Megan Ellison buys rights to Terminator franchise

Megan Ellison, 25-year-old daughter of Oracle founder Larry Ellison, has quickly become known as some kind of indie movie savior, stepping in to finance films movie dorks (read: people like me) want to see, like Paul Thomas Anderson’s movie about Scientology, an untitled collaboration between Spike Jonze and Charlie Kaufman, a Bin Laden project from Hurt Locker director Kathryn Bigelow, and just yesterday, Martin McDonagh’s incredible sounding follow up to In Bruges, starring Rourke, Rockwell, Walken, and Farrell, just to name a few.  Now it seems she’s switching gears, acquiring the rights to a project that actually sounds pretty horrible, the next installment of Terminator, which has the Fast Five director attached to direct.

Megan Ellison has won an auction for the rights to make at least two more installments of The Terminator franchise, with Fast Five‘s Justin Lin attached to direct and Arnold Schwarzenegger attached to star. The deal came down to Ellison’s Annapurna Films and Lionsgate, which seemed to have had the project sewn up until she came forward with a dramatic bid. The auction at the time was for a guarantee for at least half of the $29.5 million paid by hedge fund Pacificor to pull the franchise out of bankruptcy. Unclear what the winning amount was, but I wouldn’t be surprised if it hit the $20 million mark. CAA brokered the deal. [Deadline]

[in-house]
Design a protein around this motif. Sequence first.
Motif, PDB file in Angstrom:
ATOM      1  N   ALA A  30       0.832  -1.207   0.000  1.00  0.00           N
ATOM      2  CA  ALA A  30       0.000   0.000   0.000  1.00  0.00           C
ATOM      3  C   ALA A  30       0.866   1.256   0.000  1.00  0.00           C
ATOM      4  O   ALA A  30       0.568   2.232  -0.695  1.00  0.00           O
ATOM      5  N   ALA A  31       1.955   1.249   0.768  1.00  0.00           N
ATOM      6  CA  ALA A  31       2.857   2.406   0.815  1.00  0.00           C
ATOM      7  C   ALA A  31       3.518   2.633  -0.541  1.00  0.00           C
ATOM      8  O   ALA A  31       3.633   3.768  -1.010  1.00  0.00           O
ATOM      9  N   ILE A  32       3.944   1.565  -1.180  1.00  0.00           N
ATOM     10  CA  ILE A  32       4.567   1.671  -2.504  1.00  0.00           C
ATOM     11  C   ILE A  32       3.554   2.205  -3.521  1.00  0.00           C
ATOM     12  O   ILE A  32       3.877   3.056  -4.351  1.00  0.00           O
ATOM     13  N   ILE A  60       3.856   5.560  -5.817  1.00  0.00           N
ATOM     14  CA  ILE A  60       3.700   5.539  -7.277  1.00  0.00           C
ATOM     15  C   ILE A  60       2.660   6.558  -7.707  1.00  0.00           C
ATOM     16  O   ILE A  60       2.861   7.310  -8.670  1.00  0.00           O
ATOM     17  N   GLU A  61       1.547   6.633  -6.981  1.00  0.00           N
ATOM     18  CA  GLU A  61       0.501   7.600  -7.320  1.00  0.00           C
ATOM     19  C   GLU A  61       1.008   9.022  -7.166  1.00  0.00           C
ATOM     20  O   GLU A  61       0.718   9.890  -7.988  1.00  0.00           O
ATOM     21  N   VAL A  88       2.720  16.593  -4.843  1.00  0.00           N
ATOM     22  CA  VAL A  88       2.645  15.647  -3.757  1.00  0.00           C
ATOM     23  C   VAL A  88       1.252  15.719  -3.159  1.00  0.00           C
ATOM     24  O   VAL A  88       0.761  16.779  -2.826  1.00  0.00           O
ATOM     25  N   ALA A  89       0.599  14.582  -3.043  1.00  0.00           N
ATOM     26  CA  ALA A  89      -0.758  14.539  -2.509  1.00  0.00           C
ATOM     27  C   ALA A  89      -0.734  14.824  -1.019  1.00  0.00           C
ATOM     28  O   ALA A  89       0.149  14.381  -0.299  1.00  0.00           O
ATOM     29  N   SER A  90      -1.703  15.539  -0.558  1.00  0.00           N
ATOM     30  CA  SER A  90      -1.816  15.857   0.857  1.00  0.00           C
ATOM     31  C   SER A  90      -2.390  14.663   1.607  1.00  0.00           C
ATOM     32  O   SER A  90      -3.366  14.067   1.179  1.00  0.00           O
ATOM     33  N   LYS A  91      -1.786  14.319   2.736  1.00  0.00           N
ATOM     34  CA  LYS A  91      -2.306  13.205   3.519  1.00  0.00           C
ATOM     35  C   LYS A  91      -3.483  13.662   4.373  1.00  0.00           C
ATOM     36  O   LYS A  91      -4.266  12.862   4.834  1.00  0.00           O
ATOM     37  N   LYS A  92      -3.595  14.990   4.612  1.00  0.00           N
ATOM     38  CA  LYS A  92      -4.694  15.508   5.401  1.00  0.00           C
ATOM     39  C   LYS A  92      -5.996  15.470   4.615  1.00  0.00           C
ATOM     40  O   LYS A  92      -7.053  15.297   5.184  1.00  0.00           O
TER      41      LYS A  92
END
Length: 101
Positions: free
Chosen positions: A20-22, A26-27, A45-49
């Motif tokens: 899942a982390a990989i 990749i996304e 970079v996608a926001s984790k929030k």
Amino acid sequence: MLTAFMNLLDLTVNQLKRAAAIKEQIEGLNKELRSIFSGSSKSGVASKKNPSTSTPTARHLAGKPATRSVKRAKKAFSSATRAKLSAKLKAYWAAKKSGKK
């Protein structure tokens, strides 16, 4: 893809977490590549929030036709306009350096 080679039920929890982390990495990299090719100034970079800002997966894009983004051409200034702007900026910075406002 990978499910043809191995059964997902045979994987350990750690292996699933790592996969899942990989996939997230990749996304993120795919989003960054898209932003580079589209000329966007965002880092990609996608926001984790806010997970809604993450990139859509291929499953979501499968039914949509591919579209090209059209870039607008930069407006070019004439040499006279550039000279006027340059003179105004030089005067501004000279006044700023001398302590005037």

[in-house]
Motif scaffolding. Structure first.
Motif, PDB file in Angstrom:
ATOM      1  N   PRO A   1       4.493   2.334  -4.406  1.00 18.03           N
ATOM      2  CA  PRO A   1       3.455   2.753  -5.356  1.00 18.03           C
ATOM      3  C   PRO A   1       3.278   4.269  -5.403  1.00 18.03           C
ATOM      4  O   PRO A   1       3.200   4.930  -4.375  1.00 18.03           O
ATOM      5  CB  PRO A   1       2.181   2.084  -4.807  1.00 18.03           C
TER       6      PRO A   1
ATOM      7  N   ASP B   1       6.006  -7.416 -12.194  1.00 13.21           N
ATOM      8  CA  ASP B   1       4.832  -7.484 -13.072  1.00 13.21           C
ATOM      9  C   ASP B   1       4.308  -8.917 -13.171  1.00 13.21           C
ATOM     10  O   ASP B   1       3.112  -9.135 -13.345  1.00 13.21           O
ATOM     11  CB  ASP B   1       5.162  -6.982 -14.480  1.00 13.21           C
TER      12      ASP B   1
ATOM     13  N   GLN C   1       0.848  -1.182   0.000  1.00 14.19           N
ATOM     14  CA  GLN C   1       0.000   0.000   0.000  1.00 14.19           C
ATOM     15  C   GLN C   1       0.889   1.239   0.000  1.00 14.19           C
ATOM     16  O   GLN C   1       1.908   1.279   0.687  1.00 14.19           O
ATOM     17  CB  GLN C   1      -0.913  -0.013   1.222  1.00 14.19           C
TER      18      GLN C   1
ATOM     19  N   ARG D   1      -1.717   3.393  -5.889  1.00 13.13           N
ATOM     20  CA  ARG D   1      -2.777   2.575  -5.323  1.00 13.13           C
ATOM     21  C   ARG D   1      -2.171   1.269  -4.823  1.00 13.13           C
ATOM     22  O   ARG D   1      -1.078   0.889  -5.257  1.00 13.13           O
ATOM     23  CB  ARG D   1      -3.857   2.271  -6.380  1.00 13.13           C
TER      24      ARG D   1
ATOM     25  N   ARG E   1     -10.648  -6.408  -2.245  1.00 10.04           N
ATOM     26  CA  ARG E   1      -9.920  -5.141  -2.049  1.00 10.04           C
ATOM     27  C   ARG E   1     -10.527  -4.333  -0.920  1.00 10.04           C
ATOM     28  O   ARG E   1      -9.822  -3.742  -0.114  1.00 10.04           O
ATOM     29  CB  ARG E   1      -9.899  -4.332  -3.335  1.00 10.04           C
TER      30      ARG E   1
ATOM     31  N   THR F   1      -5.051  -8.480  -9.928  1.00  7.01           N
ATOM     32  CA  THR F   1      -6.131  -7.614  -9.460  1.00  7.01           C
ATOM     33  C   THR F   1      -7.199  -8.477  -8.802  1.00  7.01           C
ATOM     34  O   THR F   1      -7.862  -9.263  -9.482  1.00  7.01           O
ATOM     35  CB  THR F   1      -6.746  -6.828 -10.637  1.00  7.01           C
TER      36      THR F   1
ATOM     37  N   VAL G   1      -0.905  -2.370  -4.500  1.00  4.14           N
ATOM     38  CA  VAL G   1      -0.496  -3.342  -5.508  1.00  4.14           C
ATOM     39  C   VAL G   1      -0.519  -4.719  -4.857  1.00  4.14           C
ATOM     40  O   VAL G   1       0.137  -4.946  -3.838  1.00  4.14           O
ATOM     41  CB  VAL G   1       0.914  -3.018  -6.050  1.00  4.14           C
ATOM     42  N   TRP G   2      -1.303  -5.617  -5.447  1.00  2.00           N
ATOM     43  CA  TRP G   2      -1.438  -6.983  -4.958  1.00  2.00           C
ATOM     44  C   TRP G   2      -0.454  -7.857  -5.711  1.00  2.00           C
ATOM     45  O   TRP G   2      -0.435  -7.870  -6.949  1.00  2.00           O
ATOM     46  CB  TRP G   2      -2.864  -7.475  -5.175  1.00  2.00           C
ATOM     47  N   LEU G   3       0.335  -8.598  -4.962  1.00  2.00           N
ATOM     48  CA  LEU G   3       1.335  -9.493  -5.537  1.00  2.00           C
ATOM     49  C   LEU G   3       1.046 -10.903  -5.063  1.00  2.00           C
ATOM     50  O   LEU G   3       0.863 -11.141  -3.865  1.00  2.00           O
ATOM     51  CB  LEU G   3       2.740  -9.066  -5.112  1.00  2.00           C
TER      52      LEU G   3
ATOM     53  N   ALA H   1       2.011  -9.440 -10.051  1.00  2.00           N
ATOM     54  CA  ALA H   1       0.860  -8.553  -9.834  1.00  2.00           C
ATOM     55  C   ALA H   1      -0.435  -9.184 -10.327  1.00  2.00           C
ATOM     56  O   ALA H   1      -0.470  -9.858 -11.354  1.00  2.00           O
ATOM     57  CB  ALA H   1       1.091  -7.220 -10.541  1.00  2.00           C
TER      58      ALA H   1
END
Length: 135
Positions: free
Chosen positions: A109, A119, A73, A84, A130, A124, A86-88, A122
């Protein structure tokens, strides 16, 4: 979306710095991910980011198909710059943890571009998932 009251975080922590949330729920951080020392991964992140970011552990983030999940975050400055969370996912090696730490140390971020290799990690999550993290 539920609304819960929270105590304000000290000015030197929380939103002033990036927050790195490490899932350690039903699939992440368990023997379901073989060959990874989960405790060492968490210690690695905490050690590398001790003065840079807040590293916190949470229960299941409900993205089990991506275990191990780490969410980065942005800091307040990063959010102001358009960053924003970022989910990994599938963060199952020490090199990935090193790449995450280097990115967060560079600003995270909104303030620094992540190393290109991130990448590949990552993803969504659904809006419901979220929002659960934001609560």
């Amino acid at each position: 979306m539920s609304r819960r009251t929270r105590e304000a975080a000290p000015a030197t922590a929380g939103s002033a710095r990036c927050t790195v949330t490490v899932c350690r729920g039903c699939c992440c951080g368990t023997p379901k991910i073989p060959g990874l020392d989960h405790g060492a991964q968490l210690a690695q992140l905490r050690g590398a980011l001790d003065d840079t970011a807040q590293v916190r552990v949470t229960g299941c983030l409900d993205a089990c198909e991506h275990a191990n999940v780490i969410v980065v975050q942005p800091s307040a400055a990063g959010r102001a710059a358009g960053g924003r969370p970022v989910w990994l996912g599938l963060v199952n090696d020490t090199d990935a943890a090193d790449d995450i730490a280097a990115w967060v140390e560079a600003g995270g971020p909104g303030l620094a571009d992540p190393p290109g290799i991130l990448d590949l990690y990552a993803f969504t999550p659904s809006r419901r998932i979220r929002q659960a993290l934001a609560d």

There are two ways to look at this (not including the too-good-to-be-true way, that Ellison bought the franchise just so she could take it out behind the barn and shoot it). One being that Megan Ellison’s company needs a project that’s a guaranteed money maker to help pay for the other riskier, indie stuff (much the way I used prostitution to finance my rap career).  The other being that with a more independent financier like Ellison, this project might actually have a chance of being good (and of course, it’s possible that it’s a combination of the two).  But then, maybe we shouldn’t be so quick to jump to conclusions about someone whose name we only first heard a few months ago.  Politics, movie financing, and prostitution are the only industries where things are so bad that it’s normal to say, “Oh God, please hire someone who’s never done this before!”